An effusive hello there, and welcome to Protocol Fintech. This Monday: Coinbase gets ready to rumble, Biden’s getting a blockchain buddy and Binance keeps growing.
Off the chain
The White House is hiring a blockchain expert. A provision in the Chips and Science Act directs the director of the Office of Science and Technology Policy to “establish or designate a blockchain and cryptocurrencies advisory specialist position.” Haun Ventures’ Tomicah Tillemann credited Rep. Darren Soto with getting that language in the bill. So who’s going to bend President Biden’s ear about bitcoin?
Coinbase gears up for battle
In charging a former Coinbase employee with insider trading on July 21, the SEC fired what appeared to be the opening salvo in a bigger legal brawl with the crypto powerhouse over a crucial question: Are crypto tokens securities?
In fact, the fight was already brewing. Before the insider case arose, the SEC was reportedly probing Coinbase itself for alleged securities laws violations, setting the stage for a confrontation that could define not just the company’s future but that of the entire crypto industry.
Coinbase quickly signaled plans to fight back. Chief legal officer Paul Grewal flatly declared that “Coinbase does not list securities. End of story.”
- Grewal and chief policy officer Faryar Shirzad, Coinbase’s generals in the battle with the SEC, also highlighted key arguments for the company’s legal counteroffensive.
- Of the nine digital assets the SEC insider trading complaint said were securities, seven are traded on Coinbase. Grewal said the company has “a rigorous process to analyze and review each digital asset before making it available on our exchange — a process that the SEC itself has reviewed.”
Coinbase may have overreached in suggesting it had the SEC’s approval. Grewal was making a reference to the SEC review of Coinbase’s IPO filing last year, according to a company representative. The SEC declined to comment.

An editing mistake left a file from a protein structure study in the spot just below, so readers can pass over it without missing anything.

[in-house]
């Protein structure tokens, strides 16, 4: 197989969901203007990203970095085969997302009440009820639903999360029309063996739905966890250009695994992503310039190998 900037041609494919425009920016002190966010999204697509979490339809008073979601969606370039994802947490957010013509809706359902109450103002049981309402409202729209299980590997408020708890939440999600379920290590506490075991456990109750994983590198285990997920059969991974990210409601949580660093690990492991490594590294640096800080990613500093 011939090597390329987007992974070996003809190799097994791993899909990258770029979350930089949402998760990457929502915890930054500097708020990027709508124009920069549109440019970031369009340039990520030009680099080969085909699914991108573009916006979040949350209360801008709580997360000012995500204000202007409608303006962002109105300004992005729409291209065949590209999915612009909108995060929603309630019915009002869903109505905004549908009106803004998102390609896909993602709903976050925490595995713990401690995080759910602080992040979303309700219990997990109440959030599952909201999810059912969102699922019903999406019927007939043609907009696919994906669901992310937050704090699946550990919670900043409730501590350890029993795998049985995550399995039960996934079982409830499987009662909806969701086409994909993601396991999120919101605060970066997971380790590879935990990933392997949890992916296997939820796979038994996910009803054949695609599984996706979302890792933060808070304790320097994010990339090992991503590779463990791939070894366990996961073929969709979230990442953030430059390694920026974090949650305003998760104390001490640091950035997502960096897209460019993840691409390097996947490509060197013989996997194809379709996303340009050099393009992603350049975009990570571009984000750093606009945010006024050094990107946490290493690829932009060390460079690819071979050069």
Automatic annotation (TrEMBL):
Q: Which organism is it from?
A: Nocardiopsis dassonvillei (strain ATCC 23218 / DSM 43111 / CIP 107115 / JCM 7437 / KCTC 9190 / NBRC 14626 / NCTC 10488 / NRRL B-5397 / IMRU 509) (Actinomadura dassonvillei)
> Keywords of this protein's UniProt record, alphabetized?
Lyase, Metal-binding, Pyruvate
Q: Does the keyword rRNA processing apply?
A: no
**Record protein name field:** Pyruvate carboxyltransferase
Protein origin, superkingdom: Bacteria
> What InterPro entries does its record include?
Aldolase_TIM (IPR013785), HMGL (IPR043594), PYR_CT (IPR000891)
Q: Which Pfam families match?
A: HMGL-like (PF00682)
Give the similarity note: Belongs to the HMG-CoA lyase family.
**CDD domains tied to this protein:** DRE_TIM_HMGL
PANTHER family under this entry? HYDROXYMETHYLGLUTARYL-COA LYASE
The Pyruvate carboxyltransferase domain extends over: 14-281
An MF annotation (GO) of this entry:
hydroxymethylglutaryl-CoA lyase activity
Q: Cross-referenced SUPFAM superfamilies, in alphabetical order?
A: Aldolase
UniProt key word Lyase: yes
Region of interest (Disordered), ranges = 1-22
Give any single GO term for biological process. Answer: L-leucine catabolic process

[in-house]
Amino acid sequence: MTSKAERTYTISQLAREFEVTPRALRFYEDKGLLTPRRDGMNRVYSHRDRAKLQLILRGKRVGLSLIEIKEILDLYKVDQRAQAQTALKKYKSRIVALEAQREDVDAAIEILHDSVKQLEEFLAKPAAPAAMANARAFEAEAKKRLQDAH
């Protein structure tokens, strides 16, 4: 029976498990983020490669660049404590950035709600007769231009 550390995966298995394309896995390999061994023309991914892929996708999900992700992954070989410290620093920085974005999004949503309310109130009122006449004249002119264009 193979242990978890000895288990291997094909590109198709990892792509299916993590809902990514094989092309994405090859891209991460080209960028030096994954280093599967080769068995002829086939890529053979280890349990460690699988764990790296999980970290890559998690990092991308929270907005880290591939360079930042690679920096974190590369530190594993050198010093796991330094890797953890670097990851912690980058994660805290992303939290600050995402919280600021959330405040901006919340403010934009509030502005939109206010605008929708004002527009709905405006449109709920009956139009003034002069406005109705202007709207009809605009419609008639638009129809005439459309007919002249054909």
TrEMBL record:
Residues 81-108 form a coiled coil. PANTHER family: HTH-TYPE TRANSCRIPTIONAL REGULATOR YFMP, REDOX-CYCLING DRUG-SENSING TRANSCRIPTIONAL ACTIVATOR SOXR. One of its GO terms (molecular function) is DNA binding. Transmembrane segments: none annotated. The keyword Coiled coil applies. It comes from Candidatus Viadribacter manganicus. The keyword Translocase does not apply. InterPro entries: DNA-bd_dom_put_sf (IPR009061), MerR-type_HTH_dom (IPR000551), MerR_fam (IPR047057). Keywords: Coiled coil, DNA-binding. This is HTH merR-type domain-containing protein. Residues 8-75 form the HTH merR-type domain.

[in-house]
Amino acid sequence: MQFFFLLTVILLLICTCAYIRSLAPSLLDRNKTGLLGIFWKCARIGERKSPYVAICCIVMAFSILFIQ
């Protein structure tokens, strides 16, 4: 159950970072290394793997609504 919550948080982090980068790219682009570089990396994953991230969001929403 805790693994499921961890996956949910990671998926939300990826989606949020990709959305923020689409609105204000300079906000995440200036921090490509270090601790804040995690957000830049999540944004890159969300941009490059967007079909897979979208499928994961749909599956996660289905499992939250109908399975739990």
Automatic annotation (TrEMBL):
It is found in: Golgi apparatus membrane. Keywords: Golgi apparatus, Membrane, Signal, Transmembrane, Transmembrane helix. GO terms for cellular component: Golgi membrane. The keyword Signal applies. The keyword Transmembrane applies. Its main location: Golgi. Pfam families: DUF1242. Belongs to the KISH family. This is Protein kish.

- It’s far from clear that the issues the SEC would consider in vetting a company’s financial reporting ahead of an initial public offering have much to do with the question of whether digital assets are securities, even if the same agency happens to have oversight in both cases.
- John Reed Stark, former chief of the SEC’s Office of Internet Enforcement, said Grewal’s statement was misleading. “What they’re saying implies some sort of approval,” he told Protocol.
The real question remains, are cryptocurrencies securities? As SEC chair, Gary Gensler has made his view clear: In most cases, yes, they are.
- That stance predates his arrival — under Jay Clayton, the agency sued Ripple on the premise that XRP was an unregistered security.
- The long-standing judicial standard used by the agency, which it’s now applying to crypto, is called the Howey test, which looks at whether people are investing money in something with an expectation of profits from others’ efforts.
- Coinbase has argued that current rules are outdated and don’t make sense. “Securities law is … not well-suited to govern digital assets,” wrote Shirzad in a proposal for a separate federal regulator in charge of crypto.
- The day the SEC announced the insider trading complaint, Coinbase filed a petition asking the SEC to start making rules for digital asset securities. It’s unusual for a company to make such a petition — usually trade associations or Congress itself does that.
Grewal said the company “cooperated” with the SEC’s investigation of the former Coinbase employee. But he complained that “instead of having a dialogue with us, the SEC jumped directly to litigation.” Omid Malekan, who teaches blockchain and cryptocurrencies at Columbia Business School, said there’s been a debate in crypto on “whether Coinbase’s mistake was trying to play with the rules” with an agency already seemingly set against them. If there’s anything to take away from Coinbase’s freshly combative stance, it’s that the company may think it has little to lose from confrontation.